Northeastern chancellor: In-person ed is ‘gold standard’

Northeastern chancellor In person ed is gold standard


Kenneth W. Henderson, the chancellor of Northeastern University, posted a letter on the university website late last month telling students and faculty members that the Boston institution intended to open as planned for the spring semester because “in-person learning remains the gold standard.”

The statement, which was not caveated in any way, struck many in education circles as strikingly unnuanced, especially for a chancellor whose institution offers a robust catalog of online courses. Henderson is not Northeastern’s top administrator, and while at most institutions the chancellor is the top person, in a new structure implemented by Northeastern, Henderson is a cabinet member.

Henderson’s comment comes at a time when many parents and students across the country are clamoring for a full return to in-person instruction amid the COVID-19 pandemic, putting pressure on university officials to keep their institutions open, particularly at universities such as Northeastern, where a strong emphasis on in-person and experiential learning is often coupled with a high price tag.

Leaders of the online education movement say whatever the motivation, Henderson’s “gold standard” rhetoric and comments like it unfairly marginalize well-designed online courses.

Thomas Cavanagh, vice provost for digital learning at the University of Central Florida, oversees the highly regarded UCF Online platform and takes issue with assertions that in-person learning is superior. UCF Online has a 25-year history and offers more than 100 online programs to about 6,600 students who are not able to attend in person. Additionally, 75 percent of UCF’s 70,000 in-person students also take at least one online course.

Cavanagh sees the increasing use of rhetoric diminishing online education as the result of “pent-up demand” for normalcy and the social aspects of in-person education, particularly for students who sought an in-person experience and had online learning foisted on them because of the pandemic. But he said that rhetoric is simply inaccurate.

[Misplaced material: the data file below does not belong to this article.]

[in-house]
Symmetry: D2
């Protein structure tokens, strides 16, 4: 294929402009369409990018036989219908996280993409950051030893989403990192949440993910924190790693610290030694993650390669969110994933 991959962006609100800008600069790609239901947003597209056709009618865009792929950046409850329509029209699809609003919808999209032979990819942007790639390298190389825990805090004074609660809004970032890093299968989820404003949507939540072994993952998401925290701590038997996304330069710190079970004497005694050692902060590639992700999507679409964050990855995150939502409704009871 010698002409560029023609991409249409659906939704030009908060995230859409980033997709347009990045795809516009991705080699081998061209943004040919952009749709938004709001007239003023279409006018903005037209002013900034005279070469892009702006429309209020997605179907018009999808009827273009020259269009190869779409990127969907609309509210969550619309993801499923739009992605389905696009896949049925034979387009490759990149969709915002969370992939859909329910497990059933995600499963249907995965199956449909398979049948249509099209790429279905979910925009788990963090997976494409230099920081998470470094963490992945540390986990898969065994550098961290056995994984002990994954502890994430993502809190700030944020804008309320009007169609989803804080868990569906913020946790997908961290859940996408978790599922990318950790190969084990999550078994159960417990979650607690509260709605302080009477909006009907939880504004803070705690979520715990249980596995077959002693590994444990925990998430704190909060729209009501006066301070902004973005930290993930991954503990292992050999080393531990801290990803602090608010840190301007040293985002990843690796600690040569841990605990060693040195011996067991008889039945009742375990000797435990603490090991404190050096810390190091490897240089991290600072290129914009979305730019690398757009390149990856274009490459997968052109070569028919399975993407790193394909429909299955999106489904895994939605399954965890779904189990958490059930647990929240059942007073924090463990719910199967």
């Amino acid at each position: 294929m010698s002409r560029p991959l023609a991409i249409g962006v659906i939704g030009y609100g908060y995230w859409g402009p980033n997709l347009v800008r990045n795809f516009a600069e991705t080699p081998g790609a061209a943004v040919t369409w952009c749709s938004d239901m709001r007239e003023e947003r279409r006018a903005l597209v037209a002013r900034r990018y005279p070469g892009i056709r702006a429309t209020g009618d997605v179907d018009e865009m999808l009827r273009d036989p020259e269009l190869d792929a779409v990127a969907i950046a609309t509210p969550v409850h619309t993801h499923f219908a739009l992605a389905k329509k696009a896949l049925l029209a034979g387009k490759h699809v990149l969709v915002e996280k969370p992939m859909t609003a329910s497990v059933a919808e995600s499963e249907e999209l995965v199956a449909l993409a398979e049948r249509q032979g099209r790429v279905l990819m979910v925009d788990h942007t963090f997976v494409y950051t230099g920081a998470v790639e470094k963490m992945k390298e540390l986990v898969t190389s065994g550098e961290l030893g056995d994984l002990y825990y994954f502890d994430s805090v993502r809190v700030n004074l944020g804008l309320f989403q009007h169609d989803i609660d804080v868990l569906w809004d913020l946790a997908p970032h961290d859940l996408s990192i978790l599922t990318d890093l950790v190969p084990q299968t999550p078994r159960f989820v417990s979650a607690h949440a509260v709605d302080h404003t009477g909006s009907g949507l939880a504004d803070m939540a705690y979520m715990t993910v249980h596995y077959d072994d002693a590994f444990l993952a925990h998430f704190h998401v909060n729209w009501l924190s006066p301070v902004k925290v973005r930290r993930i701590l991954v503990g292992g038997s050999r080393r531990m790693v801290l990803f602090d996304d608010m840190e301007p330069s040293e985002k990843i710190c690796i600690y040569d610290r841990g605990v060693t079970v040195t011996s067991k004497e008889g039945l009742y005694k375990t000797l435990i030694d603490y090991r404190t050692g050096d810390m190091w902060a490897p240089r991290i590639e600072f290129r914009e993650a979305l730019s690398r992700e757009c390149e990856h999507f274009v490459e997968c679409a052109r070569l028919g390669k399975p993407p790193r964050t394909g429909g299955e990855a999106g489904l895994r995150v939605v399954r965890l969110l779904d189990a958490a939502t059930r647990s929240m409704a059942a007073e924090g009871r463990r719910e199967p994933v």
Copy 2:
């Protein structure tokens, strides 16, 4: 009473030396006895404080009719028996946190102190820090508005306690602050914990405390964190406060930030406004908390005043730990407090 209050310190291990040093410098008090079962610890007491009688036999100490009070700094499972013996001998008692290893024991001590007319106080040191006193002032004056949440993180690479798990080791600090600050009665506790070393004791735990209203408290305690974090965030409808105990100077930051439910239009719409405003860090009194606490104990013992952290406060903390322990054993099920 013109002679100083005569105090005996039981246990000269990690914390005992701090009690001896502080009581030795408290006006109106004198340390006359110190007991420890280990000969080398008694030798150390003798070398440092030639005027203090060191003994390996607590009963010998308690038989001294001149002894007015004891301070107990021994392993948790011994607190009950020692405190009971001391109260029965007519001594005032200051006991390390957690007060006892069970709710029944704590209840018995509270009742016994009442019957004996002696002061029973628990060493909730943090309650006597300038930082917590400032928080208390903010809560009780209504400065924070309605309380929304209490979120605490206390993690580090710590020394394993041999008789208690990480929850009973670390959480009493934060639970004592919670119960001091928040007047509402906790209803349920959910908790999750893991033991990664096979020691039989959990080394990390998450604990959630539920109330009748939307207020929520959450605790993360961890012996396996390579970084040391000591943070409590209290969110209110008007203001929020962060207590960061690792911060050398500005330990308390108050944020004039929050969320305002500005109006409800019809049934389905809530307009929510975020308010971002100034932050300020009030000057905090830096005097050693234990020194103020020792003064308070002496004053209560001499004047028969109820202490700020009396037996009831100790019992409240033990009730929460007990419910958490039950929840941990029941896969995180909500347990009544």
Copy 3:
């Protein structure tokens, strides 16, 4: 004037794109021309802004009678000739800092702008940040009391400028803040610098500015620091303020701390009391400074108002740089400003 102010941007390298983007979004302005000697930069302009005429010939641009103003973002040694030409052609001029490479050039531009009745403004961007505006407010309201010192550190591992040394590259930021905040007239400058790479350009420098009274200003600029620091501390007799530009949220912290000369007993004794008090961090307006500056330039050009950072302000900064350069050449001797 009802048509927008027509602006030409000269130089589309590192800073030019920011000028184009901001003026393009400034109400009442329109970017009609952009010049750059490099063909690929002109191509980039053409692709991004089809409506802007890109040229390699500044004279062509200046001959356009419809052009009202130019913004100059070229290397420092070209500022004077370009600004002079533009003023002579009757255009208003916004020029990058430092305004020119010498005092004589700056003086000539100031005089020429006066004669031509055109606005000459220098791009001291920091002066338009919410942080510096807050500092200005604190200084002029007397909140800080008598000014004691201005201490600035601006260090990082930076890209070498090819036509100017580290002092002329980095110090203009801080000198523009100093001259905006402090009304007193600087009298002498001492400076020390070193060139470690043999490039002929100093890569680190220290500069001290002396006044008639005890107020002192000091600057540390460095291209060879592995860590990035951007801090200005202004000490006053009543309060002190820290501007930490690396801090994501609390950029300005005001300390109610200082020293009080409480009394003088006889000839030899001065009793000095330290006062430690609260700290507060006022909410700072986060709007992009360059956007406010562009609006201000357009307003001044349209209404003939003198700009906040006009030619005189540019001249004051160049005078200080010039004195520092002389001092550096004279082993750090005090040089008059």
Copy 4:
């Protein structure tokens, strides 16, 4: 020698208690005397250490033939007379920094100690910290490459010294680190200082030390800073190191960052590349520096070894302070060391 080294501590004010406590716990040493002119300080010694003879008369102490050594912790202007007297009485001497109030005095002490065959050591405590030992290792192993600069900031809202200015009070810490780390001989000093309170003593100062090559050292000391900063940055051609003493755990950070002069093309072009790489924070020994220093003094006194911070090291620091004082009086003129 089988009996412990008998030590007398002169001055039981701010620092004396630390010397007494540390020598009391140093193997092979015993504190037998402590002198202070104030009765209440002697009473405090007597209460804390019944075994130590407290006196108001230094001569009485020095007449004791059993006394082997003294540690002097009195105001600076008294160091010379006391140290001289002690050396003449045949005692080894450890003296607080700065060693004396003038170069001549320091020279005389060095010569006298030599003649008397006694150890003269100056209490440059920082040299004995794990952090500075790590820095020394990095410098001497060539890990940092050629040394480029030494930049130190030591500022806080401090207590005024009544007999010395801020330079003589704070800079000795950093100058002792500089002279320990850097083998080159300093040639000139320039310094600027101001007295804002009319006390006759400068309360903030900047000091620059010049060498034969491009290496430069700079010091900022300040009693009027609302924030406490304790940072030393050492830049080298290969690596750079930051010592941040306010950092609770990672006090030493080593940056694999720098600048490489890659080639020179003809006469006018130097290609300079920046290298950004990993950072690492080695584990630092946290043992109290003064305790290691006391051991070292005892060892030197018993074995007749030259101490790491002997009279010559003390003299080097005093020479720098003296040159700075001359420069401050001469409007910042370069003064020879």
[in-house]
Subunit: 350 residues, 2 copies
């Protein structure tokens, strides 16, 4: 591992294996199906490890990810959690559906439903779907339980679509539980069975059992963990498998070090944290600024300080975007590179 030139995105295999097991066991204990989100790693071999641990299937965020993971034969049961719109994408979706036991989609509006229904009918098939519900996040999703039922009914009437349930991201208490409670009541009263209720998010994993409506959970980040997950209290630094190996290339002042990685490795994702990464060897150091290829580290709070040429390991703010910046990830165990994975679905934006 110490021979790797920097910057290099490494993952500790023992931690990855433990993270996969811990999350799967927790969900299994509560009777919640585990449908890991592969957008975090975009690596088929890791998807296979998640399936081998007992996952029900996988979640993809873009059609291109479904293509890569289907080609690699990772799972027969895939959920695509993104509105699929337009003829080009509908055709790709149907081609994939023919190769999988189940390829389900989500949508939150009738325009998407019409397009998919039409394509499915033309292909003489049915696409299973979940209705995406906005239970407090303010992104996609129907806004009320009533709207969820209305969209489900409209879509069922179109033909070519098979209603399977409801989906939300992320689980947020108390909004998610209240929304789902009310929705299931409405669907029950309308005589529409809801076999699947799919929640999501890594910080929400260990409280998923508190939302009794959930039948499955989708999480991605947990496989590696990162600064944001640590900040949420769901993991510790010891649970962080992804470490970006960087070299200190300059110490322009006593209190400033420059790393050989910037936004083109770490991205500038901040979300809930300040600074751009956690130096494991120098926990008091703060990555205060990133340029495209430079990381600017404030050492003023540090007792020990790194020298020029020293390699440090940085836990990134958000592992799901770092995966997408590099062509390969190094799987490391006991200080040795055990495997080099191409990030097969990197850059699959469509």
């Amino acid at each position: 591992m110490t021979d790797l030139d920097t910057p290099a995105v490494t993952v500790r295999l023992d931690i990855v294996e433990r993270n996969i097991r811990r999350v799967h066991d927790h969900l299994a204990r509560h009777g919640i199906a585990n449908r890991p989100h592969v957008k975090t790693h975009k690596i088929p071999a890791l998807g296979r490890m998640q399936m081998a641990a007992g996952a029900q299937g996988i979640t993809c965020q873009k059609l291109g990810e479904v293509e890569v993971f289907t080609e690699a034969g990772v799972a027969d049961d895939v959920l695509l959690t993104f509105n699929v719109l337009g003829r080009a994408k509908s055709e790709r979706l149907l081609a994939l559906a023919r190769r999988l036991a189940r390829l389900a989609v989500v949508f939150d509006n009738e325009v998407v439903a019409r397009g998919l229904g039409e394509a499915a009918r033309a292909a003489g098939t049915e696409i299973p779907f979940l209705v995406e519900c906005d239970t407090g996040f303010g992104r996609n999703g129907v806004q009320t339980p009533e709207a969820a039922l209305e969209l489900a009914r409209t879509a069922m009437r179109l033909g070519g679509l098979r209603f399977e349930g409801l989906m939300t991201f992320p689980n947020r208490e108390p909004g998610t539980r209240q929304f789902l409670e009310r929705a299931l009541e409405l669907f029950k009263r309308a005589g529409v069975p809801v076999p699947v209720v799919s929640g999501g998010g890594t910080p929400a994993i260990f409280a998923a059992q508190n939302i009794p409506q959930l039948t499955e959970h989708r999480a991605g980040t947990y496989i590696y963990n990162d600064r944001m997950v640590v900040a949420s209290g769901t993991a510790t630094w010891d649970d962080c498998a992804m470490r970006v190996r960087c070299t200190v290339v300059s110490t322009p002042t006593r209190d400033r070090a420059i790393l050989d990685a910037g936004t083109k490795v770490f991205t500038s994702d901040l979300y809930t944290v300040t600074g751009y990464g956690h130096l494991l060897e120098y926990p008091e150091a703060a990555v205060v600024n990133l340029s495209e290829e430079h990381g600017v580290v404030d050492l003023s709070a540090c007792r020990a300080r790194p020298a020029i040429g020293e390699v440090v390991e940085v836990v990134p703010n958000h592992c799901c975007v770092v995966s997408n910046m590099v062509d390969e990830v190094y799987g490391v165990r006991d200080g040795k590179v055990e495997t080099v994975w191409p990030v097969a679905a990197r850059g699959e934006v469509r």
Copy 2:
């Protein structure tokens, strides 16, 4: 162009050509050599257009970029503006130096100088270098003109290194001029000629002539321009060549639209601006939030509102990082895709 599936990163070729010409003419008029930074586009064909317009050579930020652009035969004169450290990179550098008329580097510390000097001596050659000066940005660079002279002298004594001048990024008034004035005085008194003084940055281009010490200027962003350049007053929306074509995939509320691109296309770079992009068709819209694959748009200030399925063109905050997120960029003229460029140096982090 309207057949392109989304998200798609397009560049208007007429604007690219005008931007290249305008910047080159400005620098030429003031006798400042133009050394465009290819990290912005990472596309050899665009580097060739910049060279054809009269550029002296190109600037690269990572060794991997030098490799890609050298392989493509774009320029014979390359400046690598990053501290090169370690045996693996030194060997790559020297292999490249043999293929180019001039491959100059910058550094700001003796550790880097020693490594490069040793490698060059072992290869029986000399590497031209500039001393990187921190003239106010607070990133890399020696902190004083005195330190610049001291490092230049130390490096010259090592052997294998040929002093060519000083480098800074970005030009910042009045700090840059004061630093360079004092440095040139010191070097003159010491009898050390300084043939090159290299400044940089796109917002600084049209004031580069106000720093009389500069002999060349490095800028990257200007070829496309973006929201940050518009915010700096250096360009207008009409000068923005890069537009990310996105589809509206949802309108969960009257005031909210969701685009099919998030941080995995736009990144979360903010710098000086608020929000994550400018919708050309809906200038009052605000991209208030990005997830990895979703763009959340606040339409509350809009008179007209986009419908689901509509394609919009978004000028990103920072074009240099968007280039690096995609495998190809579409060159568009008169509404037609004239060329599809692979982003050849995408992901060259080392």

“I don’t think it’s fair to paint all of online learning with some sort of broad brush of inferiority, because it’s just simply not the case, as backed up by our research, as well as a lot of research from others,” Cavanagh said. He called Henderson’s comments “a little regressive” and said that given the body of evidence in favor of online learning’s efficacy, he had hoped education officials would move past such sweeping generalizations.

“I don’t think any particular course is superior or inferior based just on modality,” Cavanagh said. “It’s all based on design and faculty engagement.”

Cavanagh said his UCF colleagues have studied the efficacy of online learning since the mid-1990s and have found no significant difference in outcomes between face-to-face and well-designed asynchronous online coursework. He said courses that blend online and in-person instruction have proven to outperform both modalities on their own. UCF research shows online and face-to-face courses have the same withdrawal rates, at about 4 percent, he said, and online courses outrank face-to-face courses when it comes to student perception of instruction.

Like Cavanagh, Russell Poulin, executive director of the WICHE Cooperative for Educational Technologies, and other respected leaders whose organizations comprise the National Council for Online Education are tired of what they see as lazy stereotypes. They plan to release an open letter aimed at students in the coming weeks to counteract the marketplace rhetoric they are hearing and that they said conflates quality online education with emergency remote learning over Zoom.

“High-quality online learning is the result of specifically trained faculty members, intentional instructional design and a host of other important ingredients that we have been fine-tuning for more than 25 years,” the letter states.

Poulin put it in layman’s terms: “Any one of us can take a basketball and take a shot at a hoop. Those who practiced every day for years are more likely to swish the free throw.”

As the Omicron wave continues to crest, it is unclear how soon many universities will resume in-person classes and, if they resume, whether they will stay open if new variants emerge. In recent weeks, many institutions, including Duke, Georgetown, Stanford, Harvard, Vanderbilt and Northwestern Universities, announced they will wait until mid-January or later to resume classes. While Harvard said Monday that in-person instruction will begin Jan. 24, student anger over paying full tuition for remote learning remains an issue, reflecting the larger tensions most university leaders have faced as the pandemic drags on. A petition Harvard students circulated early in the pandemic’s first wave said the shift to online “might not reduce the value of the Harvard College brand, but it does severely diminish, if not fully impede, our ability to make connections.”